It's No Game When Screening Résumés by a Name

May 1, 2011
When she was 3 years old, Kerrie Hopkins was bitten by a nursery-school classmate named Amy. Thus began two lifelong habits for Hopkins: an avoidance of girls and women named Amy and a desire to understand names and how they can reveal clues about people's personalities.
Hopkins refined her passion into a research-based approach to predicting candidates' ability to land a job based on their names. She spent several years at the University of California at Los Angeles studying personality traits in brain cognitive studies, formulating and testing her theories on onomatology—the science of deducing personality or character based on names. Hopkins now consults companies and organizations internationally, including retailers Babies R Us and Best Buy and hotel chain Embassy Suites.
“A careful examination of names can reveal clues about a job candidate's prospective success,” says Hopkins, who notes that how the name is spelled as well as whether the candidate uses a nickname is important to an accurate interpretation. She says clients will bring her in on C-level searches to cast the deciding vote among two or three candidates.
Although most people involved in seeking talent aren't formally trained in onomatology, studies have shown that recruiters and hiring managers—consciously or not—assess candidates on the basis of a name. John Cotton, a management professor at Marquette University in Milwaukee is co-author of the 2008 research publication, The ‘Name Game:' Affective and Hiring Reactions to First Names. Cotton, whose Ph.D. is in psychology, and his colleagues discovered that common names were best liked and most likely to be hired.
Unusual names were least liked and unlikely to be hired, while Russian and African-American names fell somewhere in between but were still much less likely to be hired.
“People like people who are similar to themselves,” says Cotton, who advises prospective parents to make safe choices when it comes to naming their babies. Names can be self-fulfilling prophecies, he adds. “A lot of research shows that people tend to perform according to expectations.”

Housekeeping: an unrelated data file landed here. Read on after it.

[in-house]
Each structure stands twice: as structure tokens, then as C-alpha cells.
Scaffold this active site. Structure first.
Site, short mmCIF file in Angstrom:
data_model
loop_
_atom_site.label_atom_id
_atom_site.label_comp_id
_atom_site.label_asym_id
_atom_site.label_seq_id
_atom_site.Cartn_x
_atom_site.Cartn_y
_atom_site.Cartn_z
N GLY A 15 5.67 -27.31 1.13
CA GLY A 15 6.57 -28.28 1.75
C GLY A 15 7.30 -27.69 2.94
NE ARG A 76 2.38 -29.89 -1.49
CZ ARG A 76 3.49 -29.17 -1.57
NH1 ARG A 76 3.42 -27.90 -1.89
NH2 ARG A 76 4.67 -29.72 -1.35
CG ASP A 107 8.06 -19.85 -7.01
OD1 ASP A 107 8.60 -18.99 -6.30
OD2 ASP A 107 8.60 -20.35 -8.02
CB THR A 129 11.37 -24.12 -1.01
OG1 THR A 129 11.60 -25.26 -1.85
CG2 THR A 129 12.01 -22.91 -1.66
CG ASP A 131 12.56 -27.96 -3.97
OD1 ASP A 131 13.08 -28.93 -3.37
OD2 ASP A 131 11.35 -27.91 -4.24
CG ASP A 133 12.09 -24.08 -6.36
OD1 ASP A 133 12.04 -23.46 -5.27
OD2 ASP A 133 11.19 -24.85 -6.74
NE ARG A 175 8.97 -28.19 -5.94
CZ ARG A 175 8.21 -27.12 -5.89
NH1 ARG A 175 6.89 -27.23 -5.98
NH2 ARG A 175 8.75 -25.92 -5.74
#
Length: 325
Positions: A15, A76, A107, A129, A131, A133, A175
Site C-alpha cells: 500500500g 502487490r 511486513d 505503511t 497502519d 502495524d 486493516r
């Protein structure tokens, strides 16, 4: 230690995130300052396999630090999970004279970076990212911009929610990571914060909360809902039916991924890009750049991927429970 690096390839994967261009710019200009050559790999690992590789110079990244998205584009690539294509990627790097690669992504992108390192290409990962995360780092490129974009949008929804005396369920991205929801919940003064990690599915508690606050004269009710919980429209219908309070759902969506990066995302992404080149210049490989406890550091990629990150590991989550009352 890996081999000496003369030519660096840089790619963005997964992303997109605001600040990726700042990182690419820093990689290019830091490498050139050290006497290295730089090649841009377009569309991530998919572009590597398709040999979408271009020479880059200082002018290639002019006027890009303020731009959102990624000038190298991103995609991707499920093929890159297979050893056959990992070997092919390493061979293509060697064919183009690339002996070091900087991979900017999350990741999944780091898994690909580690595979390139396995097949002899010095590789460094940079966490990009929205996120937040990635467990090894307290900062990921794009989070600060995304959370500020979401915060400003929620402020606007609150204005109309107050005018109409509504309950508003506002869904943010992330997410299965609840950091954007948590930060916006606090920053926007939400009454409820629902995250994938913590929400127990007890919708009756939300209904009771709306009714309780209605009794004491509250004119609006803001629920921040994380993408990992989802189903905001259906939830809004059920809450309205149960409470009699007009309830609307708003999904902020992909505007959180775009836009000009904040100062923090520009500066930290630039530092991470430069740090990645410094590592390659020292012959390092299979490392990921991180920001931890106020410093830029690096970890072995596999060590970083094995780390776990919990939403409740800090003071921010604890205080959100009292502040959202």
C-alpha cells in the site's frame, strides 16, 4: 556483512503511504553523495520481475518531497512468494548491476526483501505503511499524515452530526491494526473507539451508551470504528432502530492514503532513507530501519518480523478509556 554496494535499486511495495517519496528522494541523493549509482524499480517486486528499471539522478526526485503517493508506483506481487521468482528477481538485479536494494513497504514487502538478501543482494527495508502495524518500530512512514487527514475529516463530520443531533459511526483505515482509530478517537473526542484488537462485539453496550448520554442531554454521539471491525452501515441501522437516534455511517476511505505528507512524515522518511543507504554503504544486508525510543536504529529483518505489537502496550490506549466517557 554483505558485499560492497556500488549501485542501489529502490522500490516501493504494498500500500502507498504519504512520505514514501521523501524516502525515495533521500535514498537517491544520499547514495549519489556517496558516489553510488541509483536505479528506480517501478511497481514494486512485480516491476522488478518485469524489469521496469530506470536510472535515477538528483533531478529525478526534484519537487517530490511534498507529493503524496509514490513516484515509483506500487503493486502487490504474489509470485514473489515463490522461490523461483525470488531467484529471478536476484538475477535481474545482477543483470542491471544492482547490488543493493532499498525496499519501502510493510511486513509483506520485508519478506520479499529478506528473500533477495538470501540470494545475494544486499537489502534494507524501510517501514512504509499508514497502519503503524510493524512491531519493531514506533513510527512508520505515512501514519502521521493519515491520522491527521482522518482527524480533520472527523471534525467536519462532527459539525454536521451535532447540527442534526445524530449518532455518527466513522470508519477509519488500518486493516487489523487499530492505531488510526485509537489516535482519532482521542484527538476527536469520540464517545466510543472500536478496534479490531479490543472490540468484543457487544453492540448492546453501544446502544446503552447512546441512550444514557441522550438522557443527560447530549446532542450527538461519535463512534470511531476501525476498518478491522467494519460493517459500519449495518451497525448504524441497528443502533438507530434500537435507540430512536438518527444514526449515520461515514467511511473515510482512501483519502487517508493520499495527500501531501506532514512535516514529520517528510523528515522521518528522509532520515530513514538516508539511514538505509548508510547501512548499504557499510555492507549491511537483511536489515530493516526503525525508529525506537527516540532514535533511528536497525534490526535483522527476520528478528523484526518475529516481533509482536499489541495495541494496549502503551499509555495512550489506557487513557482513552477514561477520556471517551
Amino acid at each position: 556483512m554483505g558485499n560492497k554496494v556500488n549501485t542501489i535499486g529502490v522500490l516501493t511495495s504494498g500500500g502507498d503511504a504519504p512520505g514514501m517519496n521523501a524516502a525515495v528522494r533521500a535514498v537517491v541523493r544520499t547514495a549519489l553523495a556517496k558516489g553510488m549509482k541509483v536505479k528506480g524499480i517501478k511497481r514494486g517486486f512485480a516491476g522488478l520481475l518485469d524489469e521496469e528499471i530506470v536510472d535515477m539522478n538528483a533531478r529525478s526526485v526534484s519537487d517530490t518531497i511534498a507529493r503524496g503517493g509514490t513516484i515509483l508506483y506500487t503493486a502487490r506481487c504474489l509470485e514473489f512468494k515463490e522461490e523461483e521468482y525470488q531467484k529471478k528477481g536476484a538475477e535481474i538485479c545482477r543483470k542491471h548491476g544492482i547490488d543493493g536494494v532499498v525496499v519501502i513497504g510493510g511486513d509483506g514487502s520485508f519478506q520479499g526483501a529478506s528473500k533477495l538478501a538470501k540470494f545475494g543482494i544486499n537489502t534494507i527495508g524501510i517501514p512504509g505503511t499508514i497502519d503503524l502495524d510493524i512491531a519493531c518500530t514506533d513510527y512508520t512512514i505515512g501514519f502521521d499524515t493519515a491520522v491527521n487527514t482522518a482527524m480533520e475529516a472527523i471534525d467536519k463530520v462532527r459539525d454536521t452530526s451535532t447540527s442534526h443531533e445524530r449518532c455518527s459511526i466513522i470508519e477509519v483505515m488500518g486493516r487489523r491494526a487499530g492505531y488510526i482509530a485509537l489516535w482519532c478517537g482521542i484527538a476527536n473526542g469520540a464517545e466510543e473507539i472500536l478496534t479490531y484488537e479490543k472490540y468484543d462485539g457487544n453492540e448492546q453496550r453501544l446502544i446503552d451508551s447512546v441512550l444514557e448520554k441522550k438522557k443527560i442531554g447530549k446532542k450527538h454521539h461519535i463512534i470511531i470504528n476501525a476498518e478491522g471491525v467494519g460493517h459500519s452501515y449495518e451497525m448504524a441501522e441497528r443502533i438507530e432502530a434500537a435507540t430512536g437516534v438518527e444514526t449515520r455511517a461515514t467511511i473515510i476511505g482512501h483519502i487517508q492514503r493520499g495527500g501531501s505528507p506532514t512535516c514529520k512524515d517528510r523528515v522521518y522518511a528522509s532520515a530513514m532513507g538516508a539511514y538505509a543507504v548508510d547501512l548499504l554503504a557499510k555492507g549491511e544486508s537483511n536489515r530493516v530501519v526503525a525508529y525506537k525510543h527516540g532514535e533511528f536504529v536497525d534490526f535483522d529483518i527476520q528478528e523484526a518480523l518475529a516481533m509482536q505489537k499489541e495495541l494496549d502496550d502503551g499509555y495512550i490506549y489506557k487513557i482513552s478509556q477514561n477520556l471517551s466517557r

A landmark 2001 experiment by the National Bureau of Economic Research fellows Marianne Bertrand and Sendhil Mullainathan demonstrated that a “white sounding” name on a résumé yielded as many callbacks as an additional eight years of experience, and that it yielded 50 percent more callbacks.

In their National Bureau of Economic Research Working Paper titled Are Emily and Greg More Employable Than Lakisha and Jamal? A Field Experiment on Labor Market Discrimination, the authors noted discrimination levels were statistically uniform across all the occupation and industry categories covered in the experiment and that discrimination levels were no lower for federal contractors, larger employers and employers who explicitly state that they are equal opportunity employers.
This is troubling, says Don Meade, a labor and employment lawyer with Priddy Cutler Miller and Meade in Louisville, Kentucky. Screening out candidates on the basis of name “violates every known form of discrimination law: national origin, ethnicity and race. It constitutes discrimination per se and would not require much proof.”
The courts have upheld the notion of name discrimination. When Mamdouh el-Hakem filed a lawsuit in 2004 against BJY Inc. because his supervisor persistently called him “Manny” over repeated objections, a jury and the 9th U.S. Circuit Court of Appeals found in el-Hakem's favor.
“A group's ethnic characteristics encompass more than its members' skin color and physical traits” and names “are often a proxy for race and ethnicity,” the judge wrote.
What's a job candidate with an unusual name to do, wonders Virginia Hemby, professor of business communication and entrepreneurship at Middle Tennessee State University in Murfreesboro. As an adviser to graduating students, she's unsure what to tell them.
“I do tell them to be sure to keep ethnic, personal and religious information off of their résumés, but have wondered whether to tell them to use their initials. My Asian students almost always assume a common American first name,” she says.
Ann Steinberg, director of job placement at Antelope Valley College in Lancaster, California, says her challenge is great enough already.
“We have a 19 percent unemployment rate in our area,” she says of Lancaster, a city of 145,000 in the Southern California high desert. “When employers post job openings, there will be 10 times as many applicants as there were four years ago. Although I can see small employers expediting the hiring process by weeding out unpronounceable names, many use applicant tracking systems.”
Technology can help recruiters avoid unconscious bias, says Susan Vitale, chief strategic officer for Hazlet, New Jersey-based iCIMS, whose talent management software offers users several options for keeping candidate names hidden.
“Although online applications and resumes include names, clients do not need them for searching and sorting,” she says. Vitale says iCIMS clients sign a waiver certifying that the answers to voluntary Equal Employment Opportunity reporting questions will not be used for screening.
That's advisable, Meade says.
“Employers must constantly adopt best [recruiting] practices to avoid pitfalls,” he says. “There is no business justification for pre-screening on the basis of names. If your business does it, you are vulnerable.”
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